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Canadian Journal of Public Health

, Volume 101, Issue 2, pp 119–123 | Cite as

Neighbourhood Effects on Hospitalization in Early Childhood

  • Lan T. H. Vu
  • Nazeem MuhajarineEmail author
Quantitative Research
  • 1 Downloads

Abstract

Objective

To determine whether characteristics of neighbourhoods in which children live, such as socio-economic disadvantage, physical infrastructure, programs and services, social disconnection, smoking prevalence, and overcrowding, are related to hospitalization rates from birth to age six, independent of individual-level factors.

Methods

We studied a population of 8,504 children born in Saskatoon, Canada, over a three-year period (1992-1994). The birth cohort was retrospectively followed until children reached age six. Birth registry records were linked to health care utilization files to create continuous histories of health care utilization for each child. Information on the neighbourhood in which the child’s family resided at his or her birth was extracted from Statistics Canada’s 1991 Census and numerous local sources. A longitudinal and multilevel design was employed to examine the effect of neighbourhood characteristics and individual-level factors on childhood hospitalization rate.

Results

Male children, children born to mothers under 20 years of age, Aboriginal children, children in low-income families, and those with adverse birth outcomes had significantly higher rates of hospitalization. In addition to these individual factors, children living in economically disadvantaged neighbourhoods, neighbourhoods in poor physical condition, and neighbourhoods with higher average household size had significantly higher rates of hospitalization.

Conclusions

The kind of neighbourhood families live in has an impact on their children’s risk of hospitalization, above and beyond the family’s own characteristics. These findings provide additional support for a ‘healthy community’ approach that uses community development and healthy public policy to create safe, health-promoting neighbourhoods for all families.

Key words

Children’s hospitalization neighbourhood effects adverse birth outcomes family income status 

Résumé

Objectif

Déterminer si les caractéristiques des quartiers où habitent les enfants comme une situation socioéconomique défavorisée, les infrastructures matérielles, les programmes et les services, la rupture sociale, la prévalence du tabagisme et le surpeuplement, influent sur les taux d’hospitalisation de la naissance à l’âge de six ans, indépendamment des facteurs individuels.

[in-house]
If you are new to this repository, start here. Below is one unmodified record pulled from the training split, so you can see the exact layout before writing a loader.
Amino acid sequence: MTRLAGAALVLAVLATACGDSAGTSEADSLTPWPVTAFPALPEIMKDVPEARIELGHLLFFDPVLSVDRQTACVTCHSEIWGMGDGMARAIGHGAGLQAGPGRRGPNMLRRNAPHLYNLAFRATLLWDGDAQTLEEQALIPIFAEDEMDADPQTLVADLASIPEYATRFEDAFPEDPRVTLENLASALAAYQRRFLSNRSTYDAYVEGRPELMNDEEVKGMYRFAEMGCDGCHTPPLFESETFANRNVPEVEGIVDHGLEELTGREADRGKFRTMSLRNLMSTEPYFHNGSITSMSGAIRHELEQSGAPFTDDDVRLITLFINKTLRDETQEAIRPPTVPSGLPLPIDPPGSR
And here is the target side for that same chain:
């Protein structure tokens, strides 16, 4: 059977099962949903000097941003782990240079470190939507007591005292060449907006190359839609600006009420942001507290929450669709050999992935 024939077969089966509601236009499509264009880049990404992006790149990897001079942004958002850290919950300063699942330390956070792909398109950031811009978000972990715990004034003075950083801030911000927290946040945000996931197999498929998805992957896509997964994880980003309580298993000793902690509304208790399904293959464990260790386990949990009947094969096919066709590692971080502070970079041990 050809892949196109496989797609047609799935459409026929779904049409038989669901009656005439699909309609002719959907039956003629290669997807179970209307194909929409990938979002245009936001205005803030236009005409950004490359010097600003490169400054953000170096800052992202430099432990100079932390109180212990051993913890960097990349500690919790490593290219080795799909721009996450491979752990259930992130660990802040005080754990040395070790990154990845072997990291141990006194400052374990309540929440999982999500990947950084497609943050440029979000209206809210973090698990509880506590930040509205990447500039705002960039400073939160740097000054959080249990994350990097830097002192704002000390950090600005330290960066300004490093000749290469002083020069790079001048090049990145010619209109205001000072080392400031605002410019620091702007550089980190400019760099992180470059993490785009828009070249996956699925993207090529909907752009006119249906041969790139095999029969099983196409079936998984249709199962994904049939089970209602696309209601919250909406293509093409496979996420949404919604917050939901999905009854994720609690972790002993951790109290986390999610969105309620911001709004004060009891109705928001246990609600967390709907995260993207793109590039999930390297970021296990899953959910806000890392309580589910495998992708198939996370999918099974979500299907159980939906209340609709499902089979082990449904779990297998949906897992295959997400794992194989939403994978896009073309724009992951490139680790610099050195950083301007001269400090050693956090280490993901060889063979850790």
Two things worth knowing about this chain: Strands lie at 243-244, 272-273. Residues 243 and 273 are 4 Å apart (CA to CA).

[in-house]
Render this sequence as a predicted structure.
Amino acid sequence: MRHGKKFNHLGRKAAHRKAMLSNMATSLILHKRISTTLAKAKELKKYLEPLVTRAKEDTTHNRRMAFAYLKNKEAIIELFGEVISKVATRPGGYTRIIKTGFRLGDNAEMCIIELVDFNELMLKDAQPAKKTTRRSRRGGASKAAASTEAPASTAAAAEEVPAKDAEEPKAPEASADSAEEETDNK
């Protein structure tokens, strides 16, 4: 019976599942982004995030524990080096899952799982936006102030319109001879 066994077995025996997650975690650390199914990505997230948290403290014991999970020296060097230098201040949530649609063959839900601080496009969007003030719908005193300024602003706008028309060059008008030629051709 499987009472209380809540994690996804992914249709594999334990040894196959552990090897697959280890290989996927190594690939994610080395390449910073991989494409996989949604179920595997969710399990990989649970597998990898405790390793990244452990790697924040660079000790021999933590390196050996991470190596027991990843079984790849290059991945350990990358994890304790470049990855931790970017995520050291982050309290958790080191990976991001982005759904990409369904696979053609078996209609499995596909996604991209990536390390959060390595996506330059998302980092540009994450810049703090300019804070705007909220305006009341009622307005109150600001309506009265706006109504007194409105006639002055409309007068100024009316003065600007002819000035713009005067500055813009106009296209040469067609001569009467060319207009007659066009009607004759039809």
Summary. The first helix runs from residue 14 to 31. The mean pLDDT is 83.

Méthode

Sur une période de trois ans (1992-1994), nous avons étudié une population de 8 504 enfants nés à Saskatoon, au Canada. La cohorte de naissance a été suivie rétrospectivement jusqu’à ce que les enfants atteignent l’âge de six ans. Le registre de naissance a été relié aux dossiers d’utilisation des soins de santé afin d’établir un historique continu de l’utilisation des soins de santé pour chaque enfant. Les renseignements sur les quartiers où résidaient les familles des enfants à leur naissance ont été tirés du Recensement de 1991 de Statistique Canada et de nombreuses sources locales. Nous avons eu recours à une enquête longitudinale et multiniveau pour examiner l’effet des caractéristiques des quartiers et des facteurs individuels sur le taux d’hospitalisation des enfants.

Résultats

Les garçons, les enfants nés de mères de moins de 20 ans, les enfants autochtones, les enfants provenant de familles à faibles revenus, ainsi que les enfants nés en mauvaise santé présentaient des taux d’hospitalisation beaucoup plus élevés. En plus de ces facteurs individuels, les enfants habitant des quartiers défavorisés sur le plan économique, des quartiers délabrés et des quartiers comportant des ménages de taille supérieure à la moyenne avaient des taux d’hospitalisation beaucoup plus élevés.

Conclusion

Le type de quartier où habitent les familles a une incidence sur le risque d’hospitalisation de leurs enfants, au-delà des caractéristiques propres aux familles. Ces résultats fournissent des arguments à l’appui de l’approche dite des « communautés saines », qui utilise le développement communautaire et des politiques publiques favorisant la santé afin d’établir des quartiers sécuritaires et favorables à la santé pour toutes les familles.

Mots clés

hospitalisation des enfants effets du quartier maladies du nourrisson et du nouveau-né revenu familial 

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Copyright information

© The Canadian Public Health Association 2010

Authors and Affiliations

  1. 1.Department of EpidemiologyHanoi School of Public HealthHanoiVietnam
  2. 2.Department of Community Health and Epidemiology, College of MedicineUniversity of SaskatchewanSaskatoonCanada

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